In a society where males are traditionally more highly valued, Korea’s matriarchal Haenyo or “sea women” are unique. Amy Huang reports on the fascinating women divers of Jeju Island.
They call them mermaids, brave women of the seas that roam the ocean floors for clams, abalone and seaweed; they are the heads of their families and are the source of the seafood consumed in the north Asia region.
Korea’s female divers or Haenyeos, are a unique group of women on the island of Jeju in Korea.
In a culture where males are traditionally more valued, on Jeju Island it is the women who work all day and keep a special place in Jeju’s matriarchal society, and among the Haenyeos it is the baby girls that are the gems of the family trade.
Daughters learn to dive from their mothers and will begin to work 6-7 hours a day in shallower waters by the age of ten.
Working in groups for safety, the Haenyeos can hold their breath for two minutes and dive with only rubber suits and weights. They plunge as far as 20 meters into the sea with a net to hold their catch and able to expel excess carbon dioxide by whistle as they surface.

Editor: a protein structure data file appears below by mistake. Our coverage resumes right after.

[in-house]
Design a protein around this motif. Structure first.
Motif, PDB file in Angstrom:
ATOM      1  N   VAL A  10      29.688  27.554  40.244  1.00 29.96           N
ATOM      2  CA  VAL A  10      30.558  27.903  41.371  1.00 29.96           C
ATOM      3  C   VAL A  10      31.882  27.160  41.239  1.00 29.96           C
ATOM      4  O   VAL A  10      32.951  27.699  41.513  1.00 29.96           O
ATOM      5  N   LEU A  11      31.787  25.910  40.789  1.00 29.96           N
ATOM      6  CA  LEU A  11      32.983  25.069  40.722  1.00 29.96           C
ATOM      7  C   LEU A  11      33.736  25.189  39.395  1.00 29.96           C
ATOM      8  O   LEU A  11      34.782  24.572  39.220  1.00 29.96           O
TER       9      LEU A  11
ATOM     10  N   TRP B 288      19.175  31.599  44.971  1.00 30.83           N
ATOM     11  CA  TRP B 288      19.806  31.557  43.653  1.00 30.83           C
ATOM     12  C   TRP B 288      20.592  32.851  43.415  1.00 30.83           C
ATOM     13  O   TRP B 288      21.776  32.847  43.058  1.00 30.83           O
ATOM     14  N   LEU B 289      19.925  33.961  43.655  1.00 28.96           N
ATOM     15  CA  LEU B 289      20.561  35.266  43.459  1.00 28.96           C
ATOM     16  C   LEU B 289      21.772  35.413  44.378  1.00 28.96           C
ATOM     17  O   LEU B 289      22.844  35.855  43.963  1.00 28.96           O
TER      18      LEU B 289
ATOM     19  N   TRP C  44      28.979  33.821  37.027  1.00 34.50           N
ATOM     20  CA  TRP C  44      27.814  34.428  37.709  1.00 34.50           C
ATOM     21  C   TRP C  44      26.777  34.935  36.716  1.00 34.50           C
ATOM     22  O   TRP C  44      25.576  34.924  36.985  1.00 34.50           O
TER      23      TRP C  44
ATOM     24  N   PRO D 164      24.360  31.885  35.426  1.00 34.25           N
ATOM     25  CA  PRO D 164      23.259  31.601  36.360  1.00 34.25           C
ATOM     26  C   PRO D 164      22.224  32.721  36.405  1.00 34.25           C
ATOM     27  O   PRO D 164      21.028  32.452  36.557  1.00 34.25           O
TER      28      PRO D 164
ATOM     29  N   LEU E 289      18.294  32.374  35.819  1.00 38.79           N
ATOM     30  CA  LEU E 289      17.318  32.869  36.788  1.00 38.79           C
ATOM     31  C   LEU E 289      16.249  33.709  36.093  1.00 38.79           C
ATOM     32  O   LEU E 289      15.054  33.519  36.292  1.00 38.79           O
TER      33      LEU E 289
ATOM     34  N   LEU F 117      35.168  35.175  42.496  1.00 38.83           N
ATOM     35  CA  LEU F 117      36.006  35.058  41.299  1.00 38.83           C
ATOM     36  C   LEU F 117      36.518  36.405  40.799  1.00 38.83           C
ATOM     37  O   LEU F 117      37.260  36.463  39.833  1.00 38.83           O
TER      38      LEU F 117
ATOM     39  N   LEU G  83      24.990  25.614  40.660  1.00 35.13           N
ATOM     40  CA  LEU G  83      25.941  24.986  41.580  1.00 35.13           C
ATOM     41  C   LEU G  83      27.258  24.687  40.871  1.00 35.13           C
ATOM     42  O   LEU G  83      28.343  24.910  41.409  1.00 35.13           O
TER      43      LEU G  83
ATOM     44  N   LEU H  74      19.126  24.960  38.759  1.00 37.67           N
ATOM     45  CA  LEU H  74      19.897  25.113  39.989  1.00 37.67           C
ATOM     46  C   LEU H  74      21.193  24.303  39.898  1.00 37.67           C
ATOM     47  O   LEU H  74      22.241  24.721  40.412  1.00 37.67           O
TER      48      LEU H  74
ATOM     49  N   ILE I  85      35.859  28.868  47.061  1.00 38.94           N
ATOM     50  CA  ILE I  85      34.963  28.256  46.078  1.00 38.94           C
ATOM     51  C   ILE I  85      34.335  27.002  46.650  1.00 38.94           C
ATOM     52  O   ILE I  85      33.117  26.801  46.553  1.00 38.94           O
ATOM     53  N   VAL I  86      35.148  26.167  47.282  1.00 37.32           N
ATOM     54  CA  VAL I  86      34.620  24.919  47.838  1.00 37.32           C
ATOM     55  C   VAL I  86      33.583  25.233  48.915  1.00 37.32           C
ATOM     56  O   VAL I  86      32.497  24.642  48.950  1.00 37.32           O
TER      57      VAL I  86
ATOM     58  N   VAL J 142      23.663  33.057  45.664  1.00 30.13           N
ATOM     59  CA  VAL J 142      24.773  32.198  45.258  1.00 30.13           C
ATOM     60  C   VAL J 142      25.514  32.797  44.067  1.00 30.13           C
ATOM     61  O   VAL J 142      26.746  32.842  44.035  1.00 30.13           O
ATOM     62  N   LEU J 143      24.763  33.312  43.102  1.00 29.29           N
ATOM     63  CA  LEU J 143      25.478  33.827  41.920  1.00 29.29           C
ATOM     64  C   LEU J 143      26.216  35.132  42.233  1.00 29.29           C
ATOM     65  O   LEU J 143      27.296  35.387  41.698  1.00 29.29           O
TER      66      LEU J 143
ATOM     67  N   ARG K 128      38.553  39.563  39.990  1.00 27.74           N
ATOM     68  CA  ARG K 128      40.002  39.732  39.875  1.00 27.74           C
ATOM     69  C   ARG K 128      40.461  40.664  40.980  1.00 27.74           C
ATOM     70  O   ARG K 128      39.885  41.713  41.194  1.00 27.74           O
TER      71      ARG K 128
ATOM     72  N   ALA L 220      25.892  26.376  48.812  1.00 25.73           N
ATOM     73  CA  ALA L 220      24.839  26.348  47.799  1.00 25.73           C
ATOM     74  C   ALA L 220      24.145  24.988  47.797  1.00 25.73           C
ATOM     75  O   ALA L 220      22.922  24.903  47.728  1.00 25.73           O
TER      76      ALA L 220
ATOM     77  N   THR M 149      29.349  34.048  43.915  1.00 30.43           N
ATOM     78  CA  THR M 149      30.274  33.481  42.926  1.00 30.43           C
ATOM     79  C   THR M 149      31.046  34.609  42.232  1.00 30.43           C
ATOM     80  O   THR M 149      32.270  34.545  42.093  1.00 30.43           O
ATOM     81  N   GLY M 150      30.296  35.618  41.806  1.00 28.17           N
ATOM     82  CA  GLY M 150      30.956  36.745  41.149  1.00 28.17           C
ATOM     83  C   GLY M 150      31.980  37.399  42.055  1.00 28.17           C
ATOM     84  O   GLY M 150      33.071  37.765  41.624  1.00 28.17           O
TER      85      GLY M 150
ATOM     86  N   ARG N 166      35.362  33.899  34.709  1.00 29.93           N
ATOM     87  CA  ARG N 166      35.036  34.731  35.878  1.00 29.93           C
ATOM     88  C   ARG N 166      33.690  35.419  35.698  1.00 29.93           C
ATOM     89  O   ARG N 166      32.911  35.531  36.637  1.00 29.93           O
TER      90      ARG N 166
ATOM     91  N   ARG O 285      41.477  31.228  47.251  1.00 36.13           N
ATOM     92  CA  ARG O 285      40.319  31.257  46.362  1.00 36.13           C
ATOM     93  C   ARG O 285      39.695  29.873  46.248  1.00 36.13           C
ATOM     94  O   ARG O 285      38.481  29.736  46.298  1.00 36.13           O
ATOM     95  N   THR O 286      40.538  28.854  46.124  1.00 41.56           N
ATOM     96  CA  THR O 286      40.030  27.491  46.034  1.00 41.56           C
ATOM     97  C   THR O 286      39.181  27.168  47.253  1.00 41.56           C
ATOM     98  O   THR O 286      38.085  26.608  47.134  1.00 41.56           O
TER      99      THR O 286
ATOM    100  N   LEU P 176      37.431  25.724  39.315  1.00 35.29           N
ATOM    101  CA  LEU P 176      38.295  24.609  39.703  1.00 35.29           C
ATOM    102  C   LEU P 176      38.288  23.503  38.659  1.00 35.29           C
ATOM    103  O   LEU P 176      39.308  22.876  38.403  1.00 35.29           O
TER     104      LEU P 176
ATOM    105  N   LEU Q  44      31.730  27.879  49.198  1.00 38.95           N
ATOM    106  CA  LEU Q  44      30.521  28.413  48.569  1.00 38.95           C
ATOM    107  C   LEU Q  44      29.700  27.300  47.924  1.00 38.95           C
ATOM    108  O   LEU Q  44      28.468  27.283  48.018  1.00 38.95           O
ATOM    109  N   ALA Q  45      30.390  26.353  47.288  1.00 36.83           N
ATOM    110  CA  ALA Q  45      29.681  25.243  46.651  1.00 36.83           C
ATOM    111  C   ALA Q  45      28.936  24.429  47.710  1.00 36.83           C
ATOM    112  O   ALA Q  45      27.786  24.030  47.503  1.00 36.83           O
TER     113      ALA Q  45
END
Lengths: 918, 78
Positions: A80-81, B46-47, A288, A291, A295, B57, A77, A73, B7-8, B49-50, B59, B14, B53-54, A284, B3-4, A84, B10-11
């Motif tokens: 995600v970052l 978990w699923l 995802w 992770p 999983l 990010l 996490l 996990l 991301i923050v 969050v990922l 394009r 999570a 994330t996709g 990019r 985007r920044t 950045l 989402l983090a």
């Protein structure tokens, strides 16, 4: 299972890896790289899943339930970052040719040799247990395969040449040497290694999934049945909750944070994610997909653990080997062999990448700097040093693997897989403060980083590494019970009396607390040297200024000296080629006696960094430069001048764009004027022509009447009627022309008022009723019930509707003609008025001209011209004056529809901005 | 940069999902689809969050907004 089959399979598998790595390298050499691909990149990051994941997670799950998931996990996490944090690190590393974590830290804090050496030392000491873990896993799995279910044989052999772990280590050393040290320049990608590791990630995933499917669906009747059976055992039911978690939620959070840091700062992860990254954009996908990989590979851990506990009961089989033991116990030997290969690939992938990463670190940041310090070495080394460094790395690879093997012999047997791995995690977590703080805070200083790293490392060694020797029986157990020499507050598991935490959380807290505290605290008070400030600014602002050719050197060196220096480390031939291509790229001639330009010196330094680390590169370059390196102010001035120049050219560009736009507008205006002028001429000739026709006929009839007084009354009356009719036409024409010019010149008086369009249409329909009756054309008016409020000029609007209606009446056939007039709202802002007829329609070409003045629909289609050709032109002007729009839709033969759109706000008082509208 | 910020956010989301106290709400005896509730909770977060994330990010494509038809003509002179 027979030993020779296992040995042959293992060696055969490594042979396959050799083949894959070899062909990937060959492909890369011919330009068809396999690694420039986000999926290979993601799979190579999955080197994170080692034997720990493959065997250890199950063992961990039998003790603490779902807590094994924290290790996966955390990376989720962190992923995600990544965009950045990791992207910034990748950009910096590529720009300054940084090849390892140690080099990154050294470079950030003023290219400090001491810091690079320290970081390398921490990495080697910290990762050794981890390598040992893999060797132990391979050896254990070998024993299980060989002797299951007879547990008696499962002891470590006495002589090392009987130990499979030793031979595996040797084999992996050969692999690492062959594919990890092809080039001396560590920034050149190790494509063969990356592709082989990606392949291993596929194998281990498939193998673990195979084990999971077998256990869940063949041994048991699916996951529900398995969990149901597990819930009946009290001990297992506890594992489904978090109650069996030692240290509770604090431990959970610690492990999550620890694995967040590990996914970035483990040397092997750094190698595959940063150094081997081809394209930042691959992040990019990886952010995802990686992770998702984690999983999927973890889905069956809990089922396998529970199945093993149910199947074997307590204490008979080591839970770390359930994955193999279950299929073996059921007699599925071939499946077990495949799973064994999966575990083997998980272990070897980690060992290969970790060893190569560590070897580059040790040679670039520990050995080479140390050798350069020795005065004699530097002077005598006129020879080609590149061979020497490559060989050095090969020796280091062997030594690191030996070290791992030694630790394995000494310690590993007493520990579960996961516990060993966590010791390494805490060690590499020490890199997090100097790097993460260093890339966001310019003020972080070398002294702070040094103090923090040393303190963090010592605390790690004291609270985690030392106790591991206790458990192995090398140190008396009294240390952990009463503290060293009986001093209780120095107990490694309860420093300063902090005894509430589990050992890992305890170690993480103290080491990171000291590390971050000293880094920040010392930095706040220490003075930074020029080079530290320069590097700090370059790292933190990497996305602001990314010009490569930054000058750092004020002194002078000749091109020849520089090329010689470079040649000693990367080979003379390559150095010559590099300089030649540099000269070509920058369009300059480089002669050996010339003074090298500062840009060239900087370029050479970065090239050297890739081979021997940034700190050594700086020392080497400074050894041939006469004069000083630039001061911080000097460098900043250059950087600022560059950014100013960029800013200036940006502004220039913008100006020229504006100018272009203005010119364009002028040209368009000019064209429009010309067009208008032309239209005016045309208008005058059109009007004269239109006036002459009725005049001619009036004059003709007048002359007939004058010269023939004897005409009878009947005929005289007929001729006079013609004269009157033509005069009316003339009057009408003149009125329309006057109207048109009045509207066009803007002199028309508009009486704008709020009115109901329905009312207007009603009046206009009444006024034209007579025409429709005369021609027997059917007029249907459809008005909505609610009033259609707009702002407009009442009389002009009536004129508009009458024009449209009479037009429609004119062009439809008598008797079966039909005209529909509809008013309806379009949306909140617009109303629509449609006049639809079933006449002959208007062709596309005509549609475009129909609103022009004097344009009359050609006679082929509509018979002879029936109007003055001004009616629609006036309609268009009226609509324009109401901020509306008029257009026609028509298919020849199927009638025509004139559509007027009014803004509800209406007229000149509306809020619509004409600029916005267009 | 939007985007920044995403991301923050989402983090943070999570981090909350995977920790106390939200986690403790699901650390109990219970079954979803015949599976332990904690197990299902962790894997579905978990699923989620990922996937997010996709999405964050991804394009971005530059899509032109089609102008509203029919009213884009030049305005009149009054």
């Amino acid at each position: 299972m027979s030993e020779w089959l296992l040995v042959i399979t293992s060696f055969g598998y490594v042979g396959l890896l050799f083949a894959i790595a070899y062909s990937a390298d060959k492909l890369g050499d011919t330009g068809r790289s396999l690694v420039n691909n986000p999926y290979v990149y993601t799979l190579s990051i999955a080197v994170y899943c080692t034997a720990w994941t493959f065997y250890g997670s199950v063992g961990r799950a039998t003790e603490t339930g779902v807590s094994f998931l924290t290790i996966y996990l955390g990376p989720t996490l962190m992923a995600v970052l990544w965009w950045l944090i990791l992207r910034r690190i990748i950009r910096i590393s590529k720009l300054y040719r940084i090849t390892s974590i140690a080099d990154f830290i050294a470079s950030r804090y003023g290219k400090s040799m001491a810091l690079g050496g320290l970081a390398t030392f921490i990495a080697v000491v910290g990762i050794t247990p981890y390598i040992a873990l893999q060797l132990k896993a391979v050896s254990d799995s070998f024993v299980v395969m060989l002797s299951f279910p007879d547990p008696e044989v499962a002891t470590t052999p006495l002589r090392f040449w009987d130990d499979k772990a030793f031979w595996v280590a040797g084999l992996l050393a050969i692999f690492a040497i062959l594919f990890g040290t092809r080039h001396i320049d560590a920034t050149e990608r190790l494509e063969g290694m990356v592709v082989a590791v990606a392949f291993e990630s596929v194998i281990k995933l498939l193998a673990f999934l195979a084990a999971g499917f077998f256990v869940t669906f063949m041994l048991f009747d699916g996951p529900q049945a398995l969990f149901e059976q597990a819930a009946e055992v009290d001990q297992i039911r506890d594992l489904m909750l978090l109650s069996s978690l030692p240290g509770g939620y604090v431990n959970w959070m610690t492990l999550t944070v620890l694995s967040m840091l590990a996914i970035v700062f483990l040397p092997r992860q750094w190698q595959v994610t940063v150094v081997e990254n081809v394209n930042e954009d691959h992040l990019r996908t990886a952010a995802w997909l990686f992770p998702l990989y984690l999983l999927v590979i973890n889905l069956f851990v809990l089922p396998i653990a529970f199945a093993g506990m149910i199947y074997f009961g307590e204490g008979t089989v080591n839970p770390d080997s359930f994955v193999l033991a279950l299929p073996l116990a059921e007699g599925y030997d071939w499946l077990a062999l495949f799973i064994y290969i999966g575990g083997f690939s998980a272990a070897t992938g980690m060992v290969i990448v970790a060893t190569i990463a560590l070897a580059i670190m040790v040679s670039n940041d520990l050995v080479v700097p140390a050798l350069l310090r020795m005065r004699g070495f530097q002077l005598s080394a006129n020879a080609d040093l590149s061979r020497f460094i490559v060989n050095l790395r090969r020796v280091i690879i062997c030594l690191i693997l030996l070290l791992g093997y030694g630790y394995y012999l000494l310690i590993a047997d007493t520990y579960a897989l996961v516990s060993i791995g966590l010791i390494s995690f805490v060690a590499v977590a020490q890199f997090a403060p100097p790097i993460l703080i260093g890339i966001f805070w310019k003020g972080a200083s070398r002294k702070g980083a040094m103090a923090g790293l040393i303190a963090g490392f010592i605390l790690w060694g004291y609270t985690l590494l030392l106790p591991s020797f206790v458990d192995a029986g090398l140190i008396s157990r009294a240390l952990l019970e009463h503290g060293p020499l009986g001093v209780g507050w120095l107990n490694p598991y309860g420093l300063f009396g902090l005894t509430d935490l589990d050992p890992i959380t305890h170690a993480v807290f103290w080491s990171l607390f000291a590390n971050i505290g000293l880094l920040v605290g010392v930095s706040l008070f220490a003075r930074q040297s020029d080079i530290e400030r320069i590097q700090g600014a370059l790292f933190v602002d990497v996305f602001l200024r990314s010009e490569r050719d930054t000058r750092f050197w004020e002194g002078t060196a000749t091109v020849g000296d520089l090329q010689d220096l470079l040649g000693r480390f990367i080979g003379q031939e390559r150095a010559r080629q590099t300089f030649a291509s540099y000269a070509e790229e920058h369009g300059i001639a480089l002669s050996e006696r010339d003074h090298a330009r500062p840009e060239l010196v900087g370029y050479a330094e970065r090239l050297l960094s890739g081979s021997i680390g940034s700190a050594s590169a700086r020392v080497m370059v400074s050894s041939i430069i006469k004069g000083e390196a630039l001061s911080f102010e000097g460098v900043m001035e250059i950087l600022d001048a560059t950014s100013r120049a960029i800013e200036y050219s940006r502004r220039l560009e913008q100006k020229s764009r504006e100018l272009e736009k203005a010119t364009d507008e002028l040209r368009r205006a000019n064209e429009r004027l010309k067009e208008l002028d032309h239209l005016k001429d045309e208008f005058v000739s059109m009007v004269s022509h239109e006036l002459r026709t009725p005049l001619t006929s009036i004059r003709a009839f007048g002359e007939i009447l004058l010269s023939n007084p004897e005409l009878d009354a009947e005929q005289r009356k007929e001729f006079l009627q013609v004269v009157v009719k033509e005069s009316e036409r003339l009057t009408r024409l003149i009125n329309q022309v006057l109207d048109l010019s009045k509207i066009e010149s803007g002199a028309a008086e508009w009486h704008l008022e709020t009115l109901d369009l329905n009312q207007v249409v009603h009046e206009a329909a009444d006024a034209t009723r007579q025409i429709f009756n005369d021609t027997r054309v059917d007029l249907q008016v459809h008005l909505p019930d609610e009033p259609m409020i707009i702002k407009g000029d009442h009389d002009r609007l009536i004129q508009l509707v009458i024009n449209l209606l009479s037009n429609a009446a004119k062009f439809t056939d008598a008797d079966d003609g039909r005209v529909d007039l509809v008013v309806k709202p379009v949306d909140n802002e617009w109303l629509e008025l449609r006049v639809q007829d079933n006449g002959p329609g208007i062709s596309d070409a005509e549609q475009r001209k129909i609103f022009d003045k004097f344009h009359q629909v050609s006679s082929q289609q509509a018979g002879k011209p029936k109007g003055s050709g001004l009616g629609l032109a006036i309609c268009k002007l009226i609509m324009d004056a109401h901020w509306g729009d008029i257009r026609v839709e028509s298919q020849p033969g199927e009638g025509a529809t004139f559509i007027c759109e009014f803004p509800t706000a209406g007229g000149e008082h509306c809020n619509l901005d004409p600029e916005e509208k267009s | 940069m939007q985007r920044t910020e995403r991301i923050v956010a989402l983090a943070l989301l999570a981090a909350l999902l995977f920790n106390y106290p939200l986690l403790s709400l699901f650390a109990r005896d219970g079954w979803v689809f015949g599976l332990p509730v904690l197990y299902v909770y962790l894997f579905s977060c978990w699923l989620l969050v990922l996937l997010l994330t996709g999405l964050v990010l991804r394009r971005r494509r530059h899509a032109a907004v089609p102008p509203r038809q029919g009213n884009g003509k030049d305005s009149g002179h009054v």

It is not known when the Haenyeo tradition began but ancient shrines around the island indicate that the Haenyeos have been diving since humans began to gather food from the sea.
The Haenyeos are not only skilled divers; they are also interested in cultural and social activities. During the colonial era, they led anti-Japanese campaigns and were awarded medals for their contribution. They also established cooperatives such as restaurants and markets to preserve marine resources.
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Today, the Haenyeos play the role of the guardians of the seas, work to preserve the Haenyeo culture, seas and assist with the ocean’s ecological environment.
Due to their place in Jeju society, the Haenyeos enjoyed more freedom, independence and self-respect than other women in Korea. With the increased demand in seafood in the region, the Haenyeos can make more money than ever, and are able to build better houses and send their daughters to good schools and colleges.
However, modernisation comes with a price, with many of their daughters choosing a modern trade and career over diving, and along with many other threats such as heart problems from prolonged pressure and shark attacks, the number of Haenyeos are in the decline.
It is possible that in the next decades to come, the museum dedicated to the lives of Haenyeos (english.visitkorea.or.kr/enu/SI/) may be the only memory of this unique society.
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